Shotgunning: Ducks over Decoys

Be ready when the moment of truth arrives

© TODDSTEELEPHOTOART.COM

Visions of ducks cupped up over the decoys sustain us through the off-season. This year, when the moment you've waited for all those months finally arrives, you'll want to make the most of it. 

Following are 10 tips to help you improve your success shooting ducks over decoys—five for you and five for your gun.

1. Don't Rush the Shot

We get excited when ducks come into the decoys. But excited hunters don't make good shooters. When the shot caller yells "take 'em," you need to make haste with deliberation. As a guide once told me, "The secret is to get up in a hurry, then take your time." If birds have decoyed well, they'll be hanging or backpedaling when you stand up. You'll have time to find a bird, make a smooth gun mount, and shoot.

2. Stay in Your Lane

If you can see well enough out of the blind to pick out and focus on one bird from the flock, do it. If you can't see out very well, come up looking for a bird in your shooting lane. When hunters limit their shots to between ten o'clock and two o'clock in front, everyone will be more likely to shoot at different birds in the flock.

3. Shoot at the Bill

Decoying ducks are close and they're not moving very fast as they finish into the wind. There's no need to give them much lead on the first shot. Shoot right at the bill and the duck will fall. That advice goes double during teal season. Because teal are so small, they look farther away than they really are, and they aren't as fast as they appear to be.

4. Pick One Bird and Stick with It

If you miss, stick with the same bird and shoot again until it falls. Switching from bird to bird rarely goes well. Also, be sure a falling bird is dead before you look for another one to shoot. Even if there's a good retriever in the blind, scattering a bunch of cripples across the water during a big volley is a good way to lose birds.

5. Know When to Lift Your Head

We all know that head lifting at the end of a shot makes you miss, but there is a time to pick your head up off the gun. If you make a good first shot and don't see a second bird to shoot at right away, drop the stock off your shoulder, raise your head, and look around for another duck. It's much faster than looking down your gun barrel for more birds.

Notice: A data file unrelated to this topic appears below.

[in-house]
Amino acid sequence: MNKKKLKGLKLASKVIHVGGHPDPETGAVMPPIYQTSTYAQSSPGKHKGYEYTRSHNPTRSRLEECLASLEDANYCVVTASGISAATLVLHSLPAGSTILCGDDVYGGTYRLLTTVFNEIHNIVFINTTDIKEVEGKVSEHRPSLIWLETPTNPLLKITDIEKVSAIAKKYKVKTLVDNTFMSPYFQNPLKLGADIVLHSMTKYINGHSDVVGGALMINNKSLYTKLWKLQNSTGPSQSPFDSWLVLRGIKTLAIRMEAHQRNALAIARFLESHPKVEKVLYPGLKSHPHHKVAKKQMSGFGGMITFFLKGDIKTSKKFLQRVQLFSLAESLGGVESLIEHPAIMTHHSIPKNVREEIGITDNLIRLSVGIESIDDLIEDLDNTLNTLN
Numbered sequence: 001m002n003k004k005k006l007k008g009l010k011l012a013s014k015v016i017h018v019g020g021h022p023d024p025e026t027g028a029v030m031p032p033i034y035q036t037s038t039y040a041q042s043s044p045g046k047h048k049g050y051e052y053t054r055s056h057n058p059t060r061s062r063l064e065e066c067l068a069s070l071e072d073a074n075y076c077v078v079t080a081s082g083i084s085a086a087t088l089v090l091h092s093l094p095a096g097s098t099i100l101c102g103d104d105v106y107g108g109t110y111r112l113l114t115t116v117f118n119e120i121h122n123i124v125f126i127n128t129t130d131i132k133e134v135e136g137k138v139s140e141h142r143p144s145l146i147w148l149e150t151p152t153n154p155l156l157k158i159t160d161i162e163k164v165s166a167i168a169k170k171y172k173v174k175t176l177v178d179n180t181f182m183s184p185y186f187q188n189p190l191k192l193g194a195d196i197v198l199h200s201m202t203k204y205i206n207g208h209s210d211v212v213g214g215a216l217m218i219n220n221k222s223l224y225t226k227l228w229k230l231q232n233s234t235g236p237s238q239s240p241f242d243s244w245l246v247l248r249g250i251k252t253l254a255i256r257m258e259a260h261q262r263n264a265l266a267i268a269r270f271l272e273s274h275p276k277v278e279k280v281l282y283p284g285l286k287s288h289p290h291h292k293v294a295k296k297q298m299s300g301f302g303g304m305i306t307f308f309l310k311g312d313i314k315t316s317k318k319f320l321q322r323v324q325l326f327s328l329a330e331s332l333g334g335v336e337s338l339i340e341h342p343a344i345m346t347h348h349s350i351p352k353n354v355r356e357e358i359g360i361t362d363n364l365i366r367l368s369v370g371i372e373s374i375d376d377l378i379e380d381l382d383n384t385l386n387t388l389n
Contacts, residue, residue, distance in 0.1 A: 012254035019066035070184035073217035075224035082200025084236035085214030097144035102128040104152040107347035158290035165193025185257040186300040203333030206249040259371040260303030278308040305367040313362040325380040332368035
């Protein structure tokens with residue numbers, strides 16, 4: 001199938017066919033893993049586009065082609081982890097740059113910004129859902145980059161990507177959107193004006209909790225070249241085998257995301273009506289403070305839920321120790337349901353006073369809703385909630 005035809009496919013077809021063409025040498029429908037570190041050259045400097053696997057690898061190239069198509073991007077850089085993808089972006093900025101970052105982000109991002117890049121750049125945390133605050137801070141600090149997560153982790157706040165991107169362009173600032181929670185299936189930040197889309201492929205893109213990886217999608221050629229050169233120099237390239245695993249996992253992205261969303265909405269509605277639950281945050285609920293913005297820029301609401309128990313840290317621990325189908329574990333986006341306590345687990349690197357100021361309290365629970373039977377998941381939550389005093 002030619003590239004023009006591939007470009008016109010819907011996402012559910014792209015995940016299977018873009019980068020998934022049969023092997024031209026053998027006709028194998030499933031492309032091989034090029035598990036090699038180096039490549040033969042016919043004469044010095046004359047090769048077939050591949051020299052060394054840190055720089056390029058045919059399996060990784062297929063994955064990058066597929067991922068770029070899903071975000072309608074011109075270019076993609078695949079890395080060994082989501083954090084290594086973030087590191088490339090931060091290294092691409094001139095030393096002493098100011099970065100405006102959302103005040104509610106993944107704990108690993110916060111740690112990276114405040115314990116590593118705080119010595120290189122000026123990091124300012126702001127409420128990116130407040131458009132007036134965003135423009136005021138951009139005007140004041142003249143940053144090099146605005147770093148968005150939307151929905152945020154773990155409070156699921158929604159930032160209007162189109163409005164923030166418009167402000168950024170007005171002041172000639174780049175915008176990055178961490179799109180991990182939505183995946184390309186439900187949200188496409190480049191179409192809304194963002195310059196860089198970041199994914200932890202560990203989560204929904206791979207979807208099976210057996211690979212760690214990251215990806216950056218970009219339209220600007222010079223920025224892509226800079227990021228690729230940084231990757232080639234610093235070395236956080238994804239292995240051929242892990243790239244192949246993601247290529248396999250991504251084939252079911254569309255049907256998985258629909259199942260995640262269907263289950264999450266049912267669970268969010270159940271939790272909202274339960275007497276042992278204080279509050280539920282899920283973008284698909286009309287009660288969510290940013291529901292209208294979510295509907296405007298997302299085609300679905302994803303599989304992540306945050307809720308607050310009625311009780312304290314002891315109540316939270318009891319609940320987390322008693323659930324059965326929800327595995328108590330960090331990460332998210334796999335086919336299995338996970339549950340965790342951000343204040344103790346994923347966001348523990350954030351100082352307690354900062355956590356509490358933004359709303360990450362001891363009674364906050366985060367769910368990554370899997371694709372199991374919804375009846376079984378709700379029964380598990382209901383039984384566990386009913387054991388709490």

6. Pattern Your Gun

Patterning a gun at 40 yards makes no sense if you're going to be shooting ducks at 20. Test your gun at the distance that you will likely be shooting. Ideally, you want your gun/choke/load combination to put 70 to 80 percent of its shot into a 30-inch circle at that distance. 

7. Open Your Chokes

Several years ago, I conducted an informal poll among some guides. They told me that their clients' average shots were inside 25 yards. Not surprisingly, every one of them (except the sea duck guide, who wanted birds hit as hard as possible, then shot again) said their clients used too much choke. Improved cylinder or light modified are good choices for shooting over decoys. 

8. Choose Your Ammo Wisely

Experiment with smaller shot if you want broader patterns at close range. Some ammo, like Federal's Black Cloud Close Range shells, are made to pattern well at distances commonly encountered when shooting over decoys. I've found Winchester Blind Side and Xpert loads often shoot more open patterns than many other shells. Bismuth is a whole different animal and patterns more like lead than steel.

9. Cut the Kick

Less recoil means faster follow-up shots. If you want to take more than one bird from a decoying flock, lighten up, at least with your first shell. A 2 3/4-inch load is enough for any bird inside 30 yards, and it will allow you to recover fast and find a second target.

10. Mix Loads

If you're concerned about reaching out and making longer second and third shots, you can always follow up your first shell with tighter-patterning shells like Black Cloud, HEVI-Shot, or BB loads.